By Steve Bloomfield
Britain has experienced crises before. World wars aside, we have had financial problems (going cap in hand to the IMF for a bailout in 1976); leadership problems (from the abdication of Edward VIII in 1936 to PM Edward Heath’s struggles to keep the lights on in 1974); and huge social unrest (the 1981 riots, the miners’ strike in 1984 and the poll tax riots in 1990). But there is something about the drip-drip of disaster layered upon catastrophe since 2008 that has created a sense of unease in Britain; a sense that we are in the midst of a deep malaise.
It is worth listing the scandals that have struck the various strands of the British establishment over the past three years. First the bankers, the men who made London a financial capital of the world and whose taxes helped to pay for the Labour government’s social programmes, crashed the country’s economic system. Through a mixture of greed, ignorance and criminality, Britain’s banks were brought to the brink, saved only by the generosity of the taxpayer.
Then the expenses scandal rocked our trust in politicians. Around half of all MPs were forced to pay back money and five parliamentarians even ended up in jail.
Phone hacking not only destroyed one of the country’s most influential newspapers but also lifted the lid on corruption within London’s Metropolitan Police Service (mps). In the fallout, Britain’s two most senior policemen, MPS commissioner Sir Paul Stephenson and head of counter terrorism John Yates were forced to resign.
And then in August we had the riots. For almost 48 hours the police lost control of the streets. It wasn’t isolated – while it began with a reaction to the shooting of a black man in London’s Tottenham district, it spread across the capital and to other cities including Liverpool, Manchester and even semi-rural Gloucester.
Following each crisis inquiries have been launched; judges have been appointed; reports will be written. But such is the wide-ranging nature of the scandals that even the most hard-hitting report, the most coruscating criticism, the most hand-wringing apology from those responsible, is unlikely to quell the unease.
If the banking inquiry is anything to go by, even the reports are unlikely to be that tough. Sir John Vickers, former chief economist at the Bank of England, suggested some piecemeal changes that even several prominent bankers said were unlikely to make a big difference.
But while the banking scandal may have had the biggest immediate effect – we’re skint, as Chancellor George Osborne likes to remind us – it’s the expenses scandal that has had the greatest long-term damage. It was the all-encompassing nature of the fiddling: every major party implicated, no senior politician left on the moral high ground. There are no clean hands.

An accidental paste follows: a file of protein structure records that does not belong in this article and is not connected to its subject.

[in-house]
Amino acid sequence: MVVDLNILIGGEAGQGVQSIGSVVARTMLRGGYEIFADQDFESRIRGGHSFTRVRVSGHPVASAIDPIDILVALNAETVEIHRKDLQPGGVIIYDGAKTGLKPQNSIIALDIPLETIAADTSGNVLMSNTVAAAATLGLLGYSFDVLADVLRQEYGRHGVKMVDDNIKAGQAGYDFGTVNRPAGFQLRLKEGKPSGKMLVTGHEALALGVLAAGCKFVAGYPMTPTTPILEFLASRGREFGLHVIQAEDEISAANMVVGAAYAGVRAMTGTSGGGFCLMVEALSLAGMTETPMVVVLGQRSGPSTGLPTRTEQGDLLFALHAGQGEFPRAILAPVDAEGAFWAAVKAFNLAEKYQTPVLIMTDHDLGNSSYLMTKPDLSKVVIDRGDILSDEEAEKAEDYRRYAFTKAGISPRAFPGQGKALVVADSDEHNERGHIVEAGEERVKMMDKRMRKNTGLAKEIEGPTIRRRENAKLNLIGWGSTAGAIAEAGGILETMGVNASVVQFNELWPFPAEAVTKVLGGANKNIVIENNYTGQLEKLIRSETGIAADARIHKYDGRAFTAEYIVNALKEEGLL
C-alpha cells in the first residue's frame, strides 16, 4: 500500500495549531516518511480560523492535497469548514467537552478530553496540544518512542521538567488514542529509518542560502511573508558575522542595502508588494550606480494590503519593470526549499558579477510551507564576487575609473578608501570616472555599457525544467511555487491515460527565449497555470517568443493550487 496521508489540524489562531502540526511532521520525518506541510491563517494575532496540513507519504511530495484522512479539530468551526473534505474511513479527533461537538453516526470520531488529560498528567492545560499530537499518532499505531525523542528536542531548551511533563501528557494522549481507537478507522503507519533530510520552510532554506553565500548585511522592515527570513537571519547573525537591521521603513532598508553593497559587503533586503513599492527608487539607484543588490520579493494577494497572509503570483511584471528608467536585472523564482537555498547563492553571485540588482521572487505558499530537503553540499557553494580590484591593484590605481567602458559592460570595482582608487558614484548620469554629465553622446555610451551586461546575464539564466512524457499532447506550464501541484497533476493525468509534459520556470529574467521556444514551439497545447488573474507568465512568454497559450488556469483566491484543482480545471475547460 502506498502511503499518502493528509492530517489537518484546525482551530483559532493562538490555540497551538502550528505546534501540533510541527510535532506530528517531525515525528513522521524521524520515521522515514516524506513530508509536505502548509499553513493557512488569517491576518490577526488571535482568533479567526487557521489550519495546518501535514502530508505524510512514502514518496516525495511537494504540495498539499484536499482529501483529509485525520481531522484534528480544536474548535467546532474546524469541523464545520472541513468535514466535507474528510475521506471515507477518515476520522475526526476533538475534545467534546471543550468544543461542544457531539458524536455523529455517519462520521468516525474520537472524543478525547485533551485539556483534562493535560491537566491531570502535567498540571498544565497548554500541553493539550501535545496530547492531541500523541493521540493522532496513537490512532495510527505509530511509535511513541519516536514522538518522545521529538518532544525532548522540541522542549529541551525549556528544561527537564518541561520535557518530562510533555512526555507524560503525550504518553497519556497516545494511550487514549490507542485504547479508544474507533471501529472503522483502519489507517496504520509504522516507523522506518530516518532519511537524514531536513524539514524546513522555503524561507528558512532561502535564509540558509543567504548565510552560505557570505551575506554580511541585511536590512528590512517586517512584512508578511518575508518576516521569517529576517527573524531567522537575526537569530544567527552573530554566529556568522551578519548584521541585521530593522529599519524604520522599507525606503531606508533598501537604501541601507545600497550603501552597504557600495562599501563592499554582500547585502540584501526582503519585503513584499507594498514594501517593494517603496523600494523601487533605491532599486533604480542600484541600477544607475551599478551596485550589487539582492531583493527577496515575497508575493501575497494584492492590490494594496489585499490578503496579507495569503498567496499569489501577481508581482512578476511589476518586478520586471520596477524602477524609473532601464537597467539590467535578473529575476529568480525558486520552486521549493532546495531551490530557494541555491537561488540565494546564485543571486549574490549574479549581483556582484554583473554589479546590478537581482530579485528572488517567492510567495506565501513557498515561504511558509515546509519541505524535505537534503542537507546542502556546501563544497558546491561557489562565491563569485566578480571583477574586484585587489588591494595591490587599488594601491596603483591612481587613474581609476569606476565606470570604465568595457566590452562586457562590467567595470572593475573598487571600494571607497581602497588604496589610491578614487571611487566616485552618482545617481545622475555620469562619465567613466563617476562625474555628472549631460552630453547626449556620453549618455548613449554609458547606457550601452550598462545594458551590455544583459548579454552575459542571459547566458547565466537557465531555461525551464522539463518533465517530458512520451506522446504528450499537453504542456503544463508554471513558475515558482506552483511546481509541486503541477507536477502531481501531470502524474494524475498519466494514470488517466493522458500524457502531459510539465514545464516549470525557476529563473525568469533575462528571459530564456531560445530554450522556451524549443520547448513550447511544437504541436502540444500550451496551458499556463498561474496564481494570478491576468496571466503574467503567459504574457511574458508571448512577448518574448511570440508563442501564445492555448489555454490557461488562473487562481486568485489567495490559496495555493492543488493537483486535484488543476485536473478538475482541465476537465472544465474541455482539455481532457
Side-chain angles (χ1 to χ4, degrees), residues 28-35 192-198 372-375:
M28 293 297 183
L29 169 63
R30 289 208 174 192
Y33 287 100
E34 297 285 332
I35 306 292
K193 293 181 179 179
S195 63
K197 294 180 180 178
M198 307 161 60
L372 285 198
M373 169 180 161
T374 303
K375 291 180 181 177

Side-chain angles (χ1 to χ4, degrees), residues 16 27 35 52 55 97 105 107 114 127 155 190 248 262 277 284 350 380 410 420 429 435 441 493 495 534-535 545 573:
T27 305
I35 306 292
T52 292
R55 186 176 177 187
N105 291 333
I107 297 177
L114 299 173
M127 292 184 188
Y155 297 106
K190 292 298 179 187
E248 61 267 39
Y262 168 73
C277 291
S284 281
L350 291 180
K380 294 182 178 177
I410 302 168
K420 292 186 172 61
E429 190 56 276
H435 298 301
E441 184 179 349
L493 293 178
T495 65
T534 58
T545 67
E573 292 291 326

Britain is stuck in a state of flux. And no one knows how we can get out.
Three ways for Britain to bounce back:
- Prioritise growth, not debt: Austerity isn’t working – neither economically nor for the country’s reputation.
- It’s time for mayors: London is the only UK city with a mayor; a new generation of high-profile local leaders could begin to restore faith in politics.
- Don’t screw up the Olympics: Successful sporting events deliver “feel good factor”. London needs a Barcelona-style Olympics.
Sun, sea and seafood. In the midst of the worst recession in decades, Portugal’s new Conservative government wants to capitalise on the country’s natural added value by attracting wealthy retirees from the countries of northern Europe often attracted to Spain or the US.
“I would like Portugal to become a true Florida of Europe,” says Alvaro Santos Pereira, the new minister of economy and public works. Dubbed “Reforma ao sol” (“Retirement in the sun”), Pereira hopes to attract 100,000 European retirees, each bringing their pensions with them. “This would help us balance our external deficit and fight our excessive external debt,” he claims.
Date: 23 October
Candidates: The largest of the 12 parties currently represented in parliament is the right-wing Swiss People’s Party (SVP). Their major opposition is the centre-left Social Democratic Party (SPS).
Issues: The SVP’s hard line on immigration and the management of the soaring franc.
Monocle comment: Switzerland has prided itself on a political climate of moderate pluralism. Recently, however, its politics, especially on immigration, have become nastier and more partisan. This could create considerable turbulence.
Among all the post Soviet states, Belarus has by far the largest number of law enforcement staff. With 1,442 officers per 100,000 people, the dictatorship has two times the average of the other 15 countries.